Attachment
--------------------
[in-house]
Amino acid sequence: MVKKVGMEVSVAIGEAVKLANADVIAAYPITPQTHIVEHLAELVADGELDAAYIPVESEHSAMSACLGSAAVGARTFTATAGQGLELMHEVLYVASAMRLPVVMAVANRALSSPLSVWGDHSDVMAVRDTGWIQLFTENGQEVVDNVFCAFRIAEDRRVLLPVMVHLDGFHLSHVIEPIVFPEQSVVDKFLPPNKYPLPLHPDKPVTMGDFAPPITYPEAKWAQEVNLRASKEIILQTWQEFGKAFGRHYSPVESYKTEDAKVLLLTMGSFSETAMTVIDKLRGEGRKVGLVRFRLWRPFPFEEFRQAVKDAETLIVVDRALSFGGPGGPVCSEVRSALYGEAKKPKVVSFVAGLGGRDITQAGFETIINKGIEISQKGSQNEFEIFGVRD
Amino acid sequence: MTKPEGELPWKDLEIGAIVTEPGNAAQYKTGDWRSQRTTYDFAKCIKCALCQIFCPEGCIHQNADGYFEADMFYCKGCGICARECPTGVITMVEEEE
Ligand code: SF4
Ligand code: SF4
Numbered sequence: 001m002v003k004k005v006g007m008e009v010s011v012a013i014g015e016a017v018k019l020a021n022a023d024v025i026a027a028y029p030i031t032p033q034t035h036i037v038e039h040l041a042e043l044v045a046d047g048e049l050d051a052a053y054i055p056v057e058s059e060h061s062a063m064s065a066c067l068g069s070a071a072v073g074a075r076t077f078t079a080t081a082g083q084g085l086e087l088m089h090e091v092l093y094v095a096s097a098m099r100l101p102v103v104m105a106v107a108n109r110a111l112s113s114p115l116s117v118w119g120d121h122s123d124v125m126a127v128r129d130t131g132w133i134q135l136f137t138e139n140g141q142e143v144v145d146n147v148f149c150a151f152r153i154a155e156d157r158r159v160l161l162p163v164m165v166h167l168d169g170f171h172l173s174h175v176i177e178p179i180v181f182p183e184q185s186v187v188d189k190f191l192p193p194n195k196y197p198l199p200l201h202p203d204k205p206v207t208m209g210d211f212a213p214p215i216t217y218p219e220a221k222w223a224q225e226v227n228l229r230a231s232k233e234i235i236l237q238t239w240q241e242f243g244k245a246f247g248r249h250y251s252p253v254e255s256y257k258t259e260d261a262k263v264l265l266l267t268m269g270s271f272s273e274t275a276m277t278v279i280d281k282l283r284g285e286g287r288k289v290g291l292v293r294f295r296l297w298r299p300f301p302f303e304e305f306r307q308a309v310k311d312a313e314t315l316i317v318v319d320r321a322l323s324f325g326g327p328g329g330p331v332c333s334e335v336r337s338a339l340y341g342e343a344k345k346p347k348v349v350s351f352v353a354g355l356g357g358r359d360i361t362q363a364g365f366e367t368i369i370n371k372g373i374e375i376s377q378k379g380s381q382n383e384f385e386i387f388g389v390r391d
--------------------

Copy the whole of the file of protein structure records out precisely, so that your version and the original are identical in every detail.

[in-house]
Amino acid sequence: MVKKVGMEVSVAIGEAVKLANADVIAAYPITPQTHIVEHLAELVADGELDAAYIPVESEHSAMSACLGSAAVGARTFTATAGQGLELMHEVLYVASAMRLPVVMAVANRALSSPLSVWGDHSDVMAVRDTGWIQLFTENGQEVVDNVFCAFRIAEDRRVLLPVMVHLDGFHLSHVIEPIVFPEQSVVDKFLPPNKYPLPLHPDKPVTMGDFAPPITYPEAKWAQEVNLRASKEIILQTWQEFGKAFGRHYSPVESYKTEDAKVLLLTMGSFSETAMTVIDKLRGEGRKVGLVRFRLWRPFPFEEFRQAVKDAETLIVVDRALSFGGPGGPVCSEVRSALYGEAKKPKVVSFVAGLGGRDITQAGFETIINKGIEISQKGSQNEFEIFGVRD
Amino acid sequence: MTKPEGELPWKDLEIGAIVTEPGNAAQYKTGDWRSQRTTYDFAKCIKCALCQIFCPEGCIHQNADGYFEADMFYCKGCGICARECPTGVITMVEEEE
Ligand code: SF4
Ligand code: SF4
Numbered sequence: 001m002v003k004k005v006g007m008e009v010s011v012a013i014g015e016a017v018k019l020a021n022a023d024v025i026a027a028y029p030i031t032p033q034t035h036i037v038e039h040l041a042e043l044v045a046d047g048e049l050d051a052a053y054i055p056v057e058s059e060h061s062a063m064s065a066c067l068g069s070a071a072v073g074a075r076t077f078t079a080t081a082g083q084g085l086e087l088m089h090e091v092l093y094v095a096s097a098m099r100l101p102v103v104m105a106v107a108n109r110a111l112s113s114p115l116s117v118w119g120d121h122s123d124v125m126a127v128r129d130t131g132w133i134q135l136f137t138e139n140g141q142e143v144v145d146n147v148f149c150a151f152r153i154a155e156d157r158r159v160l161l162p163v164m165v166h167l168d169g170f171h172l173s174h175v176i177e178p179i180v181f182p183e184q185s186v187v188d189k190f191l192p193p194n195k196y197p198l199p200l201h202p203d204k205p206v207t208m209g210d211f212a213p214p215i216t217y218p219e220a221k222w223a224q225e226v227n228l229r230a231s232k233e234i235i236l237q238t239w240q241e242f243g244k245a246f247g248r249h250y251s252p253v254e255s256y257k258t259e260d261a262k263v264l265l266l267t268m269g270s271f272s273e274t275a276m277t278v279i280d281k282l283r284g285e286g287r288k289v290g291l292v293r294f295r296l297w298r299p300f301p302f303e304e305f306r307q308a309v310k311d312a313e314t315l316i317v318v319d320r321a322l323s324f325g326g327p328g329g330p331v332c333s334e335v336r337s338a339l340y341g342e343a344k345k346p347k348v349v350s351f352v353a354g355l356g357g358r359d360i361t362q363a364g365f366e367t368i369i370n371k372g373i374e375i376s377q378k379g380s381q382n383e384f385e386i387f388g389v390r391d